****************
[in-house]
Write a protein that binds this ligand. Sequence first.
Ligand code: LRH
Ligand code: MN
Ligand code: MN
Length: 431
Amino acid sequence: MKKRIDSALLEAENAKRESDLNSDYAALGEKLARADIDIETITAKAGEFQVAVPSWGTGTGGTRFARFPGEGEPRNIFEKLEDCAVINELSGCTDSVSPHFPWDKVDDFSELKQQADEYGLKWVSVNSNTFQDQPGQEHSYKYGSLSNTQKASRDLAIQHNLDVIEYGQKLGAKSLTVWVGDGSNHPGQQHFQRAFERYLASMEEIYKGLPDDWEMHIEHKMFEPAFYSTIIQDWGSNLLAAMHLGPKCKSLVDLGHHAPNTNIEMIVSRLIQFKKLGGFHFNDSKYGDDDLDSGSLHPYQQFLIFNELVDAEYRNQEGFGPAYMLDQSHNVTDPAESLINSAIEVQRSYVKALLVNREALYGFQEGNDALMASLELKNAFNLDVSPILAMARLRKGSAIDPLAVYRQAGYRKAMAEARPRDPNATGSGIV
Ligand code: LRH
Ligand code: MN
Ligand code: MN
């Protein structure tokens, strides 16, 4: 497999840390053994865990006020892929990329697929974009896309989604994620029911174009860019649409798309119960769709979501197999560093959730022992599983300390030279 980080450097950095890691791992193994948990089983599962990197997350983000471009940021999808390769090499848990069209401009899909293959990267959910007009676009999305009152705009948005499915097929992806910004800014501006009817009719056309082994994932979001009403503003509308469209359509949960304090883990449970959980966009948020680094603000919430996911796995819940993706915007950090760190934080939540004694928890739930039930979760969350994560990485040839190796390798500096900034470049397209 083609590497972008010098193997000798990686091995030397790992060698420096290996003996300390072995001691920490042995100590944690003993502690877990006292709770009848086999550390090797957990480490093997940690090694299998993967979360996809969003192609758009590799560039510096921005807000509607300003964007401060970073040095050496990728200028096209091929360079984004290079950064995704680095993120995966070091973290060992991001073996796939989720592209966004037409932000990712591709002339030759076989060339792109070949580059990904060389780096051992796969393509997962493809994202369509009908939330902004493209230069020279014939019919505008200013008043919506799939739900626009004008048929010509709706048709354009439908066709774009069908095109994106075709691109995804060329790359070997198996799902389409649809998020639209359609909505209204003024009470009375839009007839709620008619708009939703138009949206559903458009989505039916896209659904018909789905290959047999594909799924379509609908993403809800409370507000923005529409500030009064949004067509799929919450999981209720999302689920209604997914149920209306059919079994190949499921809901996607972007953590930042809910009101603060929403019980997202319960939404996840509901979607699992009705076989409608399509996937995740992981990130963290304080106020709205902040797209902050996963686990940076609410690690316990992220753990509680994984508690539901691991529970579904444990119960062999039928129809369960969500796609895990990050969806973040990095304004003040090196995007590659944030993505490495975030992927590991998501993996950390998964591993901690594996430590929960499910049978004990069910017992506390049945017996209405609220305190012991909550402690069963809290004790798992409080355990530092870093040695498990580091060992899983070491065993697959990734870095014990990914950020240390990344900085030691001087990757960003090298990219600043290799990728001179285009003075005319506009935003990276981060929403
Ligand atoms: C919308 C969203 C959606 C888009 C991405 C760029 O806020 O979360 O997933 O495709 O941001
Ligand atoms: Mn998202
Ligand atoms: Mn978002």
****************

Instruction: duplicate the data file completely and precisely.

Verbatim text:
[in-house]
Write a protein that binds this ligand. Sequence first.
Ligand code: LRH
Ligand code: MN
Ligand code: MN
Length: 431
Amino acid sequence: MKKRIDSALLEAENAKRESDLNSDYAALGEKLARADIDIETITAKAGEFQVAVPSWGTGTGGTRFARFPGEGEPRNIFEKLEDCAVINELSGCTDSVSPHFPWDKVDDFSELKQQADEYGLKWVSVNSNTFQDQPGQEHSYKYGSLSNTQKASRDLAIQHNLDVIEYGQKLGAKSLTVWVGDGSNHPGQQHFQRAFERYLASMEEIYKGLPDDWEMHIEHKMFEPAFYSTIIQDWGSNLLAAMHLGPKCKSLVDLGHHAPNTNIEMIVSRLIQFKKLGGFHFNDSKYGDDDLDSGSLHPYQQFLIFNELVDAEYRNQEGFGPAYMLDQSHNVTDPAESLINSAIEVQRSYVKALLVNREALYGFQEGNDALMASLELKNAFNLDVSPILAMARLRKGSAIDPLAVYRQAGYRKAMAEARPRDPNATGSGIV
Ligand code: LRH
Ligand code: MN
Ligand code: MN
């Protein structure tokens, strides 16, 4: 497999840390053994865990006020892929990329697929974009896309989604994620029911174009860019649409798309119960769709979501197999560093959730022992599983300390030279 980080450097950095890691791992193994948990089983599962990197997350983000471009940021999808390769090499848990069209401009899909293959990267959910007009676009999305009152705009948005499915097929992806910004800014501006009817009719056309082994994932979001009403503003509308469209359509949960304090883990449970959980966009948020680094603000919430996911796995819940993706915007950090760190934080939540004694928890739930039930979760969350994560990485040839190796390798500096900034470049397209 083609590497972008010098193997000798990686091995030397790992060698420096290996003996300390072995001691920490042995100590944690003993502690877990006292709770009848086999550390090797957990480490093997940690090694299998993967979360996809969003192609758009590799560039510096921005807000509607300003964007401060970073040095050496990728200028096209091929360079984004290079950064995704680095993120995966070091973290060992991001073996796939989720592209966004037409932000990712591709002339030759076989060339792109070949580059990904060389780096051992796969393509997962493809994202369509009908939330902004493209230069020279014939019919505008200013008043919506799939739900626009004008048929010509709706048709354009439908066709774009069908095109994106075709691109995804060329790359070997198996799902389409649809998020639209359609909505209204003024009470009375839009007839709620008619708009939703138009949206559903458009989505039916896209659904018909789905290959047999594909799924379509609908993403809800409370507000923005529409500030009064949004067509799929919450999981209720999302689920209604997914149920209306059919079994190949499921809901996607972007953590930042809910009101603060929403019980997202319960939404996840509901979607699992009705076989409608399509996937995740992981990130963290304080106020709205902040797209902050996963686990940076609410690690316990992220753990509680994984508690539901691991529970579904444990119960062999039928129809369960969500796609895990990050969806973040990095304004003040090196995007590659944030993505490495975030992927590991998501993996950390998964591993901690594996430590929960499910049978004990069910017992506390049945017996209405609220305190012991909550402690069963809290004790798992409080355990530092870093040695498990580091060992899983070491065993697959990734870095014990990914950020240390990344900085030691001087990757960003090298990219600043290799990728001179285009003075005319506009935003990276981060929403
Ligand atoms: C919308 C969203 C959606 C888009 C991405 C760029 O806020 O979360 O997933 O495709 O941001
Ligand atoms: Mn998202
Ligand atoms: Mn978002």